“O Lord, how long will you forget me? Forever? How long will you look the other way? How long must I struggle with anguish in my soul, with sorrow in my heart every day?”
Psalm 13:1-2a NLT
The most difficult wilderness I’m invited to walk through is the experience of disengagement from all that surrounds me. I carry a sense of detachment and fail to find connection with the life experiences that I participate in, for daily life offers us a series of experiences. I am present physically and, of course, emotionally, and yet somehow I experience a deep sense of lostness and separation.
In such seasons, I have historically reacted by screaming out for a renewed sense of meaning within my immediate context. Strangely, today in such times I no longer react, express any real emotion, but quietly acknowledge this is where I am and that it hurts. In such times I reflect a lot upon my mortality and can almost touch eternity. Now if I choose to turn towards God I am flooded with a sense of God’s immanence and permanence. If I could I would step from my immediate realities and associated responsibilities and leap into eternity completely. Is this escapism or a substantive experience of the fullness of the divine?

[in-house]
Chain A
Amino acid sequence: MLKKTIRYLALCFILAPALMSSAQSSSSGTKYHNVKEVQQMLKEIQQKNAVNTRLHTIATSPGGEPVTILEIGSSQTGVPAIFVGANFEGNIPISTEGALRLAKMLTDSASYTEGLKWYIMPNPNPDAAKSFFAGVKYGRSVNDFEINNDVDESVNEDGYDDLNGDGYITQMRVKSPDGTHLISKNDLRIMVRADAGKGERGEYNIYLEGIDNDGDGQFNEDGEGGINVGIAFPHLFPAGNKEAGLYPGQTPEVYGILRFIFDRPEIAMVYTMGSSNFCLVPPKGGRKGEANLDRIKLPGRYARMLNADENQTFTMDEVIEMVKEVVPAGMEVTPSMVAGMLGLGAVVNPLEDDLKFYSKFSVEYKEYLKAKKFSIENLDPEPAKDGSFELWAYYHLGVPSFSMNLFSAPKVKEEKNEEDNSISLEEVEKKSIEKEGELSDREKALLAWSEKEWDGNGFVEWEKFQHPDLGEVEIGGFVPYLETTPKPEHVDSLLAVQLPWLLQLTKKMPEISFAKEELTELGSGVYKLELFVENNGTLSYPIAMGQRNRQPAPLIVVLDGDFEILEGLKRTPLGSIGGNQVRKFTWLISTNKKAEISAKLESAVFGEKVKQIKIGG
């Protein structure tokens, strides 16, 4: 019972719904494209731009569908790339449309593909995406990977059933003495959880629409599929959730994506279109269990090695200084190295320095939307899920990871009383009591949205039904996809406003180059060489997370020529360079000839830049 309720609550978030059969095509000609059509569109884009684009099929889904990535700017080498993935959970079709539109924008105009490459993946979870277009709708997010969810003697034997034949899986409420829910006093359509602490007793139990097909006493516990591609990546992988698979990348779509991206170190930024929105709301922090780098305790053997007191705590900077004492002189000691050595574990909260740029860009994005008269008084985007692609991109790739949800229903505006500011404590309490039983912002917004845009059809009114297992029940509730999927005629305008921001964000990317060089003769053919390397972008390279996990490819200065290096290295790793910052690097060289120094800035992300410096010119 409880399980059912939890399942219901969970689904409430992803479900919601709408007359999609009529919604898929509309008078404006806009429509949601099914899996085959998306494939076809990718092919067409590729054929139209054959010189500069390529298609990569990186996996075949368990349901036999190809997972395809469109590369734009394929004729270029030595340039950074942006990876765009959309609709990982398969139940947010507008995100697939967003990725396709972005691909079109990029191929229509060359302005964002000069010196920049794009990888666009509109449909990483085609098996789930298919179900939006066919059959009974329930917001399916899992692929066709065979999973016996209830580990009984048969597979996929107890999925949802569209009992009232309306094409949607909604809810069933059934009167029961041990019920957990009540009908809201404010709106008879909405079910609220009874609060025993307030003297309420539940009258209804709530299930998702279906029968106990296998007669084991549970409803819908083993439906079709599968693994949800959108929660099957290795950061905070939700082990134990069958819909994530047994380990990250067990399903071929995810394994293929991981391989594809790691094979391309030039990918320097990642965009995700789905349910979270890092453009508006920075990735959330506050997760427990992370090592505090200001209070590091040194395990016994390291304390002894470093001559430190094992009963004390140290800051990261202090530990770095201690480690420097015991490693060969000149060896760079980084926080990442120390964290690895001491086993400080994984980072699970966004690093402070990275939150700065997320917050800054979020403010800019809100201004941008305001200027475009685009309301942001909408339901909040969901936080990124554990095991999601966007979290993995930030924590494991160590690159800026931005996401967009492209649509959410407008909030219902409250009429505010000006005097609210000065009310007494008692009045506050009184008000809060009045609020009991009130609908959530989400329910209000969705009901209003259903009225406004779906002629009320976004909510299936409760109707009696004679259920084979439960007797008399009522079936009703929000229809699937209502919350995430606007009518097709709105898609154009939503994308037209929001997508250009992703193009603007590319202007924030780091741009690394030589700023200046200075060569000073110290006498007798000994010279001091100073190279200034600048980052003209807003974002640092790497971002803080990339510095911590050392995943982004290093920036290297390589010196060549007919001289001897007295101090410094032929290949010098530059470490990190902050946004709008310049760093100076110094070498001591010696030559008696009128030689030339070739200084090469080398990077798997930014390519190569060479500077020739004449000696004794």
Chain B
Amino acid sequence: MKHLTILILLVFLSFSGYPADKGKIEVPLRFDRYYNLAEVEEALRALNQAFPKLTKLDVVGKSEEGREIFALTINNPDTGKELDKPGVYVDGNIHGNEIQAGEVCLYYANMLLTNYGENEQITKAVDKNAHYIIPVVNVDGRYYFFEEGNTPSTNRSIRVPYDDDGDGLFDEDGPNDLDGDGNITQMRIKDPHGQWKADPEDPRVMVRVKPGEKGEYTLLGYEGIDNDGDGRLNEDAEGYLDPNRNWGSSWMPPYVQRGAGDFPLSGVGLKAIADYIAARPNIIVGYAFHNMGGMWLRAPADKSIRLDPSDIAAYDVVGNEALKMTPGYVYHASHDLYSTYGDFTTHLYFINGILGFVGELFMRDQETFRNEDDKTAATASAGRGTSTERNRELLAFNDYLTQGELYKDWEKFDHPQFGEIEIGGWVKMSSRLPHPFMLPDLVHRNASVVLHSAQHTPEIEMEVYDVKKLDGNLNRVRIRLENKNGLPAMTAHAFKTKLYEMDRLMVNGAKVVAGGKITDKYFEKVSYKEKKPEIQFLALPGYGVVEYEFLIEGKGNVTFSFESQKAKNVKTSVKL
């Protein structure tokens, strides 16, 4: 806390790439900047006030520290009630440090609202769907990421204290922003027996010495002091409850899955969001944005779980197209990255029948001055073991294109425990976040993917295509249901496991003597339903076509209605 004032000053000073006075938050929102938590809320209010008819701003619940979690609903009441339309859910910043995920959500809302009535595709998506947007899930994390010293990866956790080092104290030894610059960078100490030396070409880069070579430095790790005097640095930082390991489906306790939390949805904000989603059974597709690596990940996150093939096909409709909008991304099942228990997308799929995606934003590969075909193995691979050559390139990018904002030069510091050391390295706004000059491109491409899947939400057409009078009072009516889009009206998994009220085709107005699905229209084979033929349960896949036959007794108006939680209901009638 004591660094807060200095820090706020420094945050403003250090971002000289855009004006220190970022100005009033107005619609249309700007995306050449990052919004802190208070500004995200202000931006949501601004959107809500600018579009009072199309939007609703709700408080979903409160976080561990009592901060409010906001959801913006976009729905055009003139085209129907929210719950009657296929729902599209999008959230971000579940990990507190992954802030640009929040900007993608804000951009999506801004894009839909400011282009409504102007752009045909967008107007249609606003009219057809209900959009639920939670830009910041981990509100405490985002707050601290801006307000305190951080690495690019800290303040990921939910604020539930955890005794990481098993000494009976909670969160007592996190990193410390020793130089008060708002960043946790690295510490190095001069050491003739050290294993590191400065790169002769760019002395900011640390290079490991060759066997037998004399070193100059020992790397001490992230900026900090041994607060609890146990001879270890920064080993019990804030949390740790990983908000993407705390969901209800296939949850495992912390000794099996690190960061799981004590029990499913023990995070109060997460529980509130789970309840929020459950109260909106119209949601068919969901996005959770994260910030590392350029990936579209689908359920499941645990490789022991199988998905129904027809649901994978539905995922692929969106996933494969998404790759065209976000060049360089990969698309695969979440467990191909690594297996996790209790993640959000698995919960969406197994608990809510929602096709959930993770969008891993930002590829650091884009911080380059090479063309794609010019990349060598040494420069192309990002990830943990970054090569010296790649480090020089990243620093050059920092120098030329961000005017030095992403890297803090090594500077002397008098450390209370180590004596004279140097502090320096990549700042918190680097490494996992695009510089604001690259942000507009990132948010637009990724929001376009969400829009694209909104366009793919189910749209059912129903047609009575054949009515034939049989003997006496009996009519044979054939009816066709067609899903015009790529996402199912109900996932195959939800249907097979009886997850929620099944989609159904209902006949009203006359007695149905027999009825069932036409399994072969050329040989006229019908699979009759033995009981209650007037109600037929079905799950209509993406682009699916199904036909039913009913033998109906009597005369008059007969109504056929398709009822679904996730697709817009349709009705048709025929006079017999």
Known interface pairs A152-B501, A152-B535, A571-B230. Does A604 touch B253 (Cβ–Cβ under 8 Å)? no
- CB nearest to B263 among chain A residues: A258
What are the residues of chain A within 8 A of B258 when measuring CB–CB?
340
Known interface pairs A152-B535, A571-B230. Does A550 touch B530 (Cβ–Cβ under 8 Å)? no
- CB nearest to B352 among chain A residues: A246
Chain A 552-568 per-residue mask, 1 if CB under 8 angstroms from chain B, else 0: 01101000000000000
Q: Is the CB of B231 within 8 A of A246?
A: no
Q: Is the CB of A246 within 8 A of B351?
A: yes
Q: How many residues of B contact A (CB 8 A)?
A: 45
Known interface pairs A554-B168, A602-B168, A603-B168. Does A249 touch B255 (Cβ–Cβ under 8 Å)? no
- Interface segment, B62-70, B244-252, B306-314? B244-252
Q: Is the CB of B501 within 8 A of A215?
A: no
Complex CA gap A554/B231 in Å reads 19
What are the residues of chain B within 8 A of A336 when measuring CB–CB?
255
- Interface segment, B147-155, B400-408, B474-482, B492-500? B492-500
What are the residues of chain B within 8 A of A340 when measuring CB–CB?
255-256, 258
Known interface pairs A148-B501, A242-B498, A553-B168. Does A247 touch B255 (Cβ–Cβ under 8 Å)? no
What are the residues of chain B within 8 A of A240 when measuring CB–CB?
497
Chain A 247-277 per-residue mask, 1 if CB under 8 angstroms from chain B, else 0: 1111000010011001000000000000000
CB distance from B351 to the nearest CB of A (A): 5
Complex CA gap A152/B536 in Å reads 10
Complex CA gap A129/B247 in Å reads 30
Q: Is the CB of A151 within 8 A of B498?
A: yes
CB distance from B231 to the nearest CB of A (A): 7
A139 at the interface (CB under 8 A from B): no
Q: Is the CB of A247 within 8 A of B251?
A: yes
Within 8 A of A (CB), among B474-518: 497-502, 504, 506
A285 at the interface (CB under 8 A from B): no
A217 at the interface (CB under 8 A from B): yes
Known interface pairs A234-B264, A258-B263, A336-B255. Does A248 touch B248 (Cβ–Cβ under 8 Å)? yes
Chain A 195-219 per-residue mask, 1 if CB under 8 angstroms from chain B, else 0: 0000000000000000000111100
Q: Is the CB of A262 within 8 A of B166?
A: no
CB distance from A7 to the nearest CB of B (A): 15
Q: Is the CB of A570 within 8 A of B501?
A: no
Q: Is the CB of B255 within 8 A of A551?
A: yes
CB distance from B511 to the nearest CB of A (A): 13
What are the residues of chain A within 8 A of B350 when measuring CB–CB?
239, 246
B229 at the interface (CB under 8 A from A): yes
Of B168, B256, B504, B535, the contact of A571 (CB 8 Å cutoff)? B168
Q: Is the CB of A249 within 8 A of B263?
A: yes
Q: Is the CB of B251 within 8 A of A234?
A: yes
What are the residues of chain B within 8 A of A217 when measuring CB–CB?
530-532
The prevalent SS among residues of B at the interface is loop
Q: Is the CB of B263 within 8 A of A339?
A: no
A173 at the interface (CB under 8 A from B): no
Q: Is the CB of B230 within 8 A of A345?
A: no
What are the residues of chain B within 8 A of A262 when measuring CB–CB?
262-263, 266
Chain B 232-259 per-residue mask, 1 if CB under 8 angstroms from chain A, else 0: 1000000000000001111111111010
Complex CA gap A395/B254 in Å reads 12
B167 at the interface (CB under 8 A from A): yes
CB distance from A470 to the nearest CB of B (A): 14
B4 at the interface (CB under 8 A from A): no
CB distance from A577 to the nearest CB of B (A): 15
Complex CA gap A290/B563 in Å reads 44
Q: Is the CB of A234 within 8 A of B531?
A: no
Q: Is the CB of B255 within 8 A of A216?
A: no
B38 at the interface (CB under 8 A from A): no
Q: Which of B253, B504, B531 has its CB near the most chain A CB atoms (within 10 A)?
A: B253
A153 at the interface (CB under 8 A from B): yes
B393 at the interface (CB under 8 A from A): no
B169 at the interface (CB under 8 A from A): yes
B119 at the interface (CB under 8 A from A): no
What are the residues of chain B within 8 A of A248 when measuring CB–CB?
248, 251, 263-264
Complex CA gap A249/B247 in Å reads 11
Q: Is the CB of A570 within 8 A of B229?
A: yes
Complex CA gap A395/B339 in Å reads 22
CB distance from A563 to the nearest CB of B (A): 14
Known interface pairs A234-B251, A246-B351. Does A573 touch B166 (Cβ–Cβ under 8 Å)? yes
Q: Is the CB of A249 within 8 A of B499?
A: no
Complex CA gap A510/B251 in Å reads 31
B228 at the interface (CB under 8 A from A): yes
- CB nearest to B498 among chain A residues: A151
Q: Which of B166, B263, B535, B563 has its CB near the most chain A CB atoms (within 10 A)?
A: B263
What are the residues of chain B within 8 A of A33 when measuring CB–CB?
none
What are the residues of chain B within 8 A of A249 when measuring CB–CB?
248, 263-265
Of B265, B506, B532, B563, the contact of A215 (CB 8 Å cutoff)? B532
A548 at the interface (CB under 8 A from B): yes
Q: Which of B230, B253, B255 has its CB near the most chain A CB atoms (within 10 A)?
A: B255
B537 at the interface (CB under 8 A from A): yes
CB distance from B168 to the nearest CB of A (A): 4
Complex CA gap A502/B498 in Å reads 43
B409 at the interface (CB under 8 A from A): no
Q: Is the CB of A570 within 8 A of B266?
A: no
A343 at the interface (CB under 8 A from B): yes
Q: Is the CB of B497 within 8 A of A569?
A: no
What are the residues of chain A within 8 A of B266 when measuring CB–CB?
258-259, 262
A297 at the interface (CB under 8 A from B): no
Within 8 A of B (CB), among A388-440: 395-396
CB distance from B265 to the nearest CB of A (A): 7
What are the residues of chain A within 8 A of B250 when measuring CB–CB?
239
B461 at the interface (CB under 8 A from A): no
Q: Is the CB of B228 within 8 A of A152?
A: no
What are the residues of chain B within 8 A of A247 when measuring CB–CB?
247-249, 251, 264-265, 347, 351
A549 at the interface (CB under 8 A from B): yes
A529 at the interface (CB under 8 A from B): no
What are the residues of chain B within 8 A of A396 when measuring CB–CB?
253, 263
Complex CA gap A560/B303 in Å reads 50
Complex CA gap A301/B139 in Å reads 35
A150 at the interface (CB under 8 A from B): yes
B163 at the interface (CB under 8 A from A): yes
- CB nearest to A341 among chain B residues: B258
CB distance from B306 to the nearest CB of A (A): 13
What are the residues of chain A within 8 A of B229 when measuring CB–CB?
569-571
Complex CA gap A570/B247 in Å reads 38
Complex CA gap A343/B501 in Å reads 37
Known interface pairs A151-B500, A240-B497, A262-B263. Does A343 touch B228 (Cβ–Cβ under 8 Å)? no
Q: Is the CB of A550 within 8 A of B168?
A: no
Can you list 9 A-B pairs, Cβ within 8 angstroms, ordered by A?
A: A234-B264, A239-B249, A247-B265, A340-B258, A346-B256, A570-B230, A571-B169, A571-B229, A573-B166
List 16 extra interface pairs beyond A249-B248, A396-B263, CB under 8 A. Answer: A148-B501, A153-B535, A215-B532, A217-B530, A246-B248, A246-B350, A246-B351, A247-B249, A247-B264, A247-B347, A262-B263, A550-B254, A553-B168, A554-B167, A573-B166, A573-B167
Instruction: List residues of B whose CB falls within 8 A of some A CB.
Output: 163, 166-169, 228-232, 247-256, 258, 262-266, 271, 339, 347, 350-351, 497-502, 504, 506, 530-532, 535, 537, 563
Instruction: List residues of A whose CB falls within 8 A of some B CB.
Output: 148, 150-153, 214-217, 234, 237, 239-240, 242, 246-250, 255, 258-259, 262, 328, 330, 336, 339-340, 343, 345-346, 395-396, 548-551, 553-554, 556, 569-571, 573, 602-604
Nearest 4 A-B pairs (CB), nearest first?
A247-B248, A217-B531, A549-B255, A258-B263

Interestingly, my response is a mix of sadness and exhilaration, accompanied by quiet tears. Indeed, today I find a deep sense of quietness overwhelms me. Even as I enter deeper within such wilderness times, it’s clear to me that I cannot go back – this is momentum towards a greater encounter with God.
Is the wilderness where I am invited to live continuously, with all its inherent fears, uncertainties and detachment, separated from the regular rhythms of life with their temptations that continuously surround and impress themselves upon it?
Perhaps the many wilderness experiences, while initially resisted and/or resented are the foundation blocks upon which real life flows and enlarges this fractured image-bearer of God.
How has God used wilderness experiences to grow your trust in him?
Lord, for all your children struggling with anguish and deep sorrow in their hearts, please bring the comfort and knowledge of your presence and love.